Suddenly, out of nowhere, dark, pillowing clouds came tumbling over us, and I could feel the reflection of their grey color absorb into my eyes. The sudden contrast made everything in the backyard seem even more detailed and surreal as it had been in the bright sunlight, and for a moment, I felt like it was either a warning or acknowledgement that I was there.
Chills ran up my arms, and the thought of a torrential downpour worried me for the sake of my cousins’ and colleagues’ well-being. The dog finally stopped barking, and I pet the little cat anyway on my way back inside, which, was shortly followed by a plea for me to wash my hands. But I kept walking back towards the front of the house, eager to take a picture in front of it before it was too dark, and before I was too embarrassed to use my “selfie-stick” in an area where cellphones hardly exist.
When I got there, a little girl was at the front porch door, her name was Isabelle and she had hazel-yellow eyes with a tan skin tone that matched her hair. She was too pretty to look so shy when she asked to come in, but I smiled at her quietly and held the door open for her to run to her friends in the small bedroom inside. I probably would have acted the same way when I was her age, and wondered if my grandmother would have as well.
I waited out front for everyone to exit the house, feeling as though I was in the Twilight Zone in between two time periods, and not entirely sure of which generation era I was actually in. I think everyone could tell the emotional toll it was taking on me even though I tried to hide it, since they mingled by the front door while I attempted suppressing tears of happiness for a photo in front of the house my grandmother grew up in.
Finally after a few attempted photos in the front yard, I fixed my top knot, and hid my messed-up make-up with my cheap, over-sized black glasses and prepared myself for the next important part of my grandmother’s life legacy.
I remember my grandmother briefly reminiscing about her teenage years when I was younger, and always telling me to never settle. I always thought she was just teasing me, but never really knew the entire story about why she said that until I read about it in the journal.
We walked to the park that we had passed when we first drove into the small yet bustling town. It seemed like there wasn’t much to do besides hang out and talk to each other, so it made sense for the park to be rather populated. The park itself is a square, concrete area, with a smaller square in the middle that has four steps that lead up to a prominent statue. My cousin insisted I take a photo with the statue, because apparently it’s one of my grandmother’s cousins who was a war chief and hero in the 1800’s named Juan Delgado Gonzalez.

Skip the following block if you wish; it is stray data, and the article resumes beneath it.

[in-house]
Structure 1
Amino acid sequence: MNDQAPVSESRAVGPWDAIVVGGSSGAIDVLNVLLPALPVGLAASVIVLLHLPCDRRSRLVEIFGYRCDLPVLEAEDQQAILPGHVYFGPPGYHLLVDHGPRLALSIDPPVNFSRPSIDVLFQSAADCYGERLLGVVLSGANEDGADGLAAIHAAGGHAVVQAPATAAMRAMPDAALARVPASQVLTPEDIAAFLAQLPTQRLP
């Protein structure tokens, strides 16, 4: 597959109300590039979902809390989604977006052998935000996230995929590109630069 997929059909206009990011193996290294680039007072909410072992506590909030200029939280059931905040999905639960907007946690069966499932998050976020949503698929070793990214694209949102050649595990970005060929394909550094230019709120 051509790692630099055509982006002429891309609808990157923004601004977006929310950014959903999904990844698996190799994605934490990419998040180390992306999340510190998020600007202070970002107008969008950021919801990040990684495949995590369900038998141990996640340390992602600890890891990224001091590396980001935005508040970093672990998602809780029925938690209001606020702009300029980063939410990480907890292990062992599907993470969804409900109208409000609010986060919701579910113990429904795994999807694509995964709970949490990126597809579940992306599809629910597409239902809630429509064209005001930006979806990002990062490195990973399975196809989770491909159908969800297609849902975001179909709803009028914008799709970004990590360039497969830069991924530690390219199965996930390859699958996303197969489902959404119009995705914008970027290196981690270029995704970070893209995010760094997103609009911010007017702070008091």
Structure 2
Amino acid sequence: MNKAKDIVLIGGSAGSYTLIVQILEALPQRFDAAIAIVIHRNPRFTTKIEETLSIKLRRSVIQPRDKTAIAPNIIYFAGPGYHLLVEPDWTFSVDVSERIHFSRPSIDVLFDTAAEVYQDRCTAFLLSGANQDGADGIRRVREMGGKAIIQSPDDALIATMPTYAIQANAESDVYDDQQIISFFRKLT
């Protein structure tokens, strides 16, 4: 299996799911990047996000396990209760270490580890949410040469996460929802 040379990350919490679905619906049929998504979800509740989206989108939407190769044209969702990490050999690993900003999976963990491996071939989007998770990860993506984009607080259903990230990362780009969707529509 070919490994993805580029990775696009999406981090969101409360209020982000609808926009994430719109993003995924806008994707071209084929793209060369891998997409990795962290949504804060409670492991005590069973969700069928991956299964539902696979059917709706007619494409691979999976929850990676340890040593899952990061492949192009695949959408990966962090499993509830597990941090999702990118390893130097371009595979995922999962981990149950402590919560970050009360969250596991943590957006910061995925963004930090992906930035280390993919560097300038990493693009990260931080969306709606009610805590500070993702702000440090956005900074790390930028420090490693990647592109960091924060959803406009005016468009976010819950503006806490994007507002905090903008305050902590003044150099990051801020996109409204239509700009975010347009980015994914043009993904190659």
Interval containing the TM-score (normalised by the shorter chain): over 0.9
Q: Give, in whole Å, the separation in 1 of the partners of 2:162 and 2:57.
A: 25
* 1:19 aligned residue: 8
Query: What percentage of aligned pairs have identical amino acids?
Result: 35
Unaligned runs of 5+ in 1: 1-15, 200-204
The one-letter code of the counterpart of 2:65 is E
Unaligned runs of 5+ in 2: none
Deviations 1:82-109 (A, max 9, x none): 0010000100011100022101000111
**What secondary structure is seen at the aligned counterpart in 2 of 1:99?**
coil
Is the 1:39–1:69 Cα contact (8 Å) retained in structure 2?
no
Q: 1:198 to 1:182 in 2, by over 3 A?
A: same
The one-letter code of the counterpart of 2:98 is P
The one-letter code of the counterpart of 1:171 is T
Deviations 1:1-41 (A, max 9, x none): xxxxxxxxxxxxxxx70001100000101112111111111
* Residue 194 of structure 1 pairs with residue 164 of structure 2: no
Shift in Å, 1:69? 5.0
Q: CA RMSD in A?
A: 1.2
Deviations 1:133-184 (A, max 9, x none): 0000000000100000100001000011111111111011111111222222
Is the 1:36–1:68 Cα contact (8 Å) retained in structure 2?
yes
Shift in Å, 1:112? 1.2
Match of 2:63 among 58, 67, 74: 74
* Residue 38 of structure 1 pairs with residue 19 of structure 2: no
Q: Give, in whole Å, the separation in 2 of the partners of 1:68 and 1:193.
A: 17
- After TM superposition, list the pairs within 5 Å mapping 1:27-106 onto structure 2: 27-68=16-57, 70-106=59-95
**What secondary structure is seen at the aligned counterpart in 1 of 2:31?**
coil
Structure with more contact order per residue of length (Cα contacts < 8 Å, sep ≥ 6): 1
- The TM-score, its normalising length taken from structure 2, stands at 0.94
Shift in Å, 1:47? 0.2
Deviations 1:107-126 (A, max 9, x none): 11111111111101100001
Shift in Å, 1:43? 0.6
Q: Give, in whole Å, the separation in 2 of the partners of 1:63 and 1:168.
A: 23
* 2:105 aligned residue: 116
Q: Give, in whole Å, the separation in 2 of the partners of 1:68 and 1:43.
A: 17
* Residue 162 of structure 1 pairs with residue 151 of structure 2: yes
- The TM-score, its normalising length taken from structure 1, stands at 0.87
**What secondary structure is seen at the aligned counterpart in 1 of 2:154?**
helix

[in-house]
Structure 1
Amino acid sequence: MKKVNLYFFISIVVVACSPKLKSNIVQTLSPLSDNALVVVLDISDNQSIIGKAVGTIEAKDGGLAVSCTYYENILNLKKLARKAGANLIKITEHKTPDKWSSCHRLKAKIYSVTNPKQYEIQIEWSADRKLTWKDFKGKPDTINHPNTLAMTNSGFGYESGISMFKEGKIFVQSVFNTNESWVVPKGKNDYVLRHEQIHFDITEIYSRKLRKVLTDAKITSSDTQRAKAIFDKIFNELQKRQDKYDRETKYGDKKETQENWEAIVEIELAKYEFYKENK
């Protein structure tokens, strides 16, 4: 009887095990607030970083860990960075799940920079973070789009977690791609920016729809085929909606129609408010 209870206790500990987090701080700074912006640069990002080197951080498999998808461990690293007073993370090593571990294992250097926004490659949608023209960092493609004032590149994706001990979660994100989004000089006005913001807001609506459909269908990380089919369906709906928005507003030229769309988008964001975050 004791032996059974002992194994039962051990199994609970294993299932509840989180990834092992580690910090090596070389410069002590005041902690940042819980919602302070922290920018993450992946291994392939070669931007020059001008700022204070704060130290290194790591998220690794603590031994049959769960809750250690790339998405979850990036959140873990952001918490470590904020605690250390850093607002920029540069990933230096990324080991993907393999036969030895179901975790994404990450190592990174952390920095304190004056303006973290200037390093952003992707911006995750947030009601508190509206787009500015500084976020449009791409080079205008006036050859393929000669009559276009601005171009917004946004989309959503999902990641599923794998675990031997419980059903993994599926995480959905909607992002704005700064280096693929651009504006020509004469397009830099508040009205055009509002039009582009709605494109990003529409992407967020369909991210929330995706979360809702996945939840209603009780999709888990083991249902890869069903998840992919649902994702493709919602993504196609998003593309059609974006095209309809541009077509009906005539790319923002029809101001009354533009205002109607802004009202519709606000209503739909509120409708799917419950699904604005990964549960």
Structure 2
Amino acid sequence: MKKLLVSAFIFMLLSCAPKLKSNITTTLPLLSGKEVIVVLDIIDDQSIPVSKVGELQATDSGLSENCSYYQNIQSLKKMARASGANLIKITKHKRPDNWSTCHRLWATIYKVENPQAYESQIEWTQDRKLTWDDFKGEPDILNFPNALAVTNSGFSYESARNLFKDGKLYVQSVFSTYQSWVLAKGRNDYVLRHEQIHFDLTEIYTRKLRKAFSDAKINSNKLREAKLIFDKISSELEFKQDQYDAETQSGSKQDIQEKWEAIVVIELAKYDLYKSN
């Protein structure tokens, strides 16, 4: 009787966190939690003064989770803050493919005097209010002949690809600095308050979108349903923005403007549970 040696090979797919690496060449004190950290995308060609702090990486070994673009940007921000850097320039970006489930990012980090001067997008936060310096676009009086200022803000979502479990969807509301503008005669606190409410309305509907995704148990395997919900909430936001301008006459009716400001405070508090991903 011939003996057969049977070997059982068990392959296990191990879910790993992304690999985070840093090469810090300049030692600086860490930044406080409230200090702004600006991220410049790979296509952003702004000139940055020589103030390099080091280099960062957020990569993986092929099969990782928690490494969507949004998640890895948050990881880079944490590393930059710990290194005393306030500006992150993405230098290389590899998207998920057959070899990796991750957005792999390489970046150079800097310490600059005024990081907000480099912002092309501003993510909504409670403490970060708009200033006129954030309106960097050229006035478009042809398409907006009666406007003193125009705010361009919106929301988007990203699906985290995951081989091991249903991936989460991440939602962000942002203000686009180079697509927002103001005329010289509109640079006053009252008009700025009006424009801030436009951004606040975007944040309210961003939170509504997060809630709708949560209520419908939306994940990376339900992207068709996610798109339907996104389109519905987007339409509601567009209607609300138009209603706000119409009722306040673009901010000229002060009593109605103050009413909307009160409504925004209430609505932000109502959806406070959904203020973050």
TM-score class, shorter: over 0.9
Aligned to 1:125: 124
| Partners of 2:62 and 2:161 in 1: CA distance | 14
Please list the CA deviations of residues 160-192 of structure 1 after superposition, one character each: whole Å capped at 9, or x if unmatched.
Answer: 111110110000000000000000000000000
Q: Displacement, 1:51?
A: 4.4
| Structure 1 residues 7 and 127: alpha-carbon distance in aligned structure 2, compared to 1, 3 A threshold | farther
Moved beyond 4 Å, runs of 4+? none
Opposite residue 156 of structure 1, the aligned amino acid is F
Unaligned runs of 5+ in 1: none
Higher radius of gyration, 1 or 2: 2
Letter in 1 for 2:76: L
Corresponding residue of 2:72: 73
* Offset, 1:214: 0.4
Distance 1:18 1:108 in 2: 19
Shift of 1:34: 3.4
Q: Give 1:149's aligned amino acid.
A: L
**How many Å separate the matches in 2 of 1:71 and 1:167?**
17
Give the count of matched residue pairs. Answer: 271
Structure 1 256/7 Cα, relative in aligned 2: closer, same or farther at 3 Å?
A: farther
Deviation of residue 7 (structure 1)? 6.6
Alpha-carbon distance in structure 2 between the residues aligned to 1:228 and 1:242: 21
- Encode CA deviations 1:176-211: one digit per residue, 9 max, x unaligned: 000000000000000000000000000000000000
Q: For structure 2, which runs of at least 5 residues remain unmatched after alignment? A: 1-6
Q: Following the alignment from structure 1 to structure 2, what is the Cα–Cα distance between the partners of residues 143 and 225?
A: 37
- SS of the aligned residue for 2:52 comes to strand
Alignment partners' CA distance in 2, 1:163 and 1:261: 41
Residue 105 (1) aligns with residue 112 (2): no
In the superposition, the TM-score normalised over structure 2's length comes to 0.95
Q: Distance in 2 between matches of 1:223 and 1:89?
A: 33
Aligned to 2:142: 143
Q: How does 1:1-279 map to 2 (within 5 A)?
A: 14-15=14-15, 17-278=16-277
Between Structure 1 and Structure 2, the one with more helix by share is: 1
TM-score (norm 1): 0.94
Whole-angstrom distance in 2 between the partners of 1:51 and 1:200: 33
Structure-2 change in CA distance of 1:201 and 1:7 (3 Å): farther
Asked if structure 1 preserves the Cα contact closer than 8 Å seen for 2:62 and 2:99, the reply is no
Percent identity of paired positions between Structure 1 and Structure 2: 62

On the perimeter of the park are palm trees, bushes, and a few park benches on each side. That is where my grandmother would have probably sat with her friends to talk about the boys in the park like she describes it in her journal. The only boys I saw were a group of about six little boys who looked at me like I was a robot alien from the future, which made me question again which time era I was actually in.
They asked to take a picture, but for some reason, were extremely shy and standoffish when I sat down next to them. They didn’t smile for the photo, they just kept staring at me, each one of them with a different shade skin tone although they were all from the same place.
My grandmother had met my grandfather around this time in the early 1930’s, his family had just moved to Santiago de Las Vegas, and was even poorer than hers. She wrote that he was so skinny that she only saw him as a boy and as her best friend’s brother, plus the fact that she was an entire year older than him made him unsuitable for a suitor. It broke my heart more than anything to hear about my grandfather being hungry when he was younger. And it breaks my heart when he gets so upset that I’m so skinny now. But that’s later in the story.
Instead my grandmother and her friends would walk in the park, the girls would go one way, the boys the other, then the girls would sit on the benches, and the boys would come over. She wrote that that was how they would find out if he was good looking and clean, and if he wasn’t, they would make an excuse to get up and go around the park again. Kind of like an ancient version of Tinder.
Another square perimeter makes the road that goes around the park, and facing it is my grandmother’s school, a church, and several shanty homes and little market shops. My favorite shop was a “bookstore” I stopped at on the way in, whose walls were piled high with old, dusty books, that only cost about fifty cents to buy. I ended up buying more than I could carry because the adorably hunched, old man who works there kept shuffling back and forth with different titles saying, “Mira, mira, en Ingles!” when he realized I was looking for books written in English.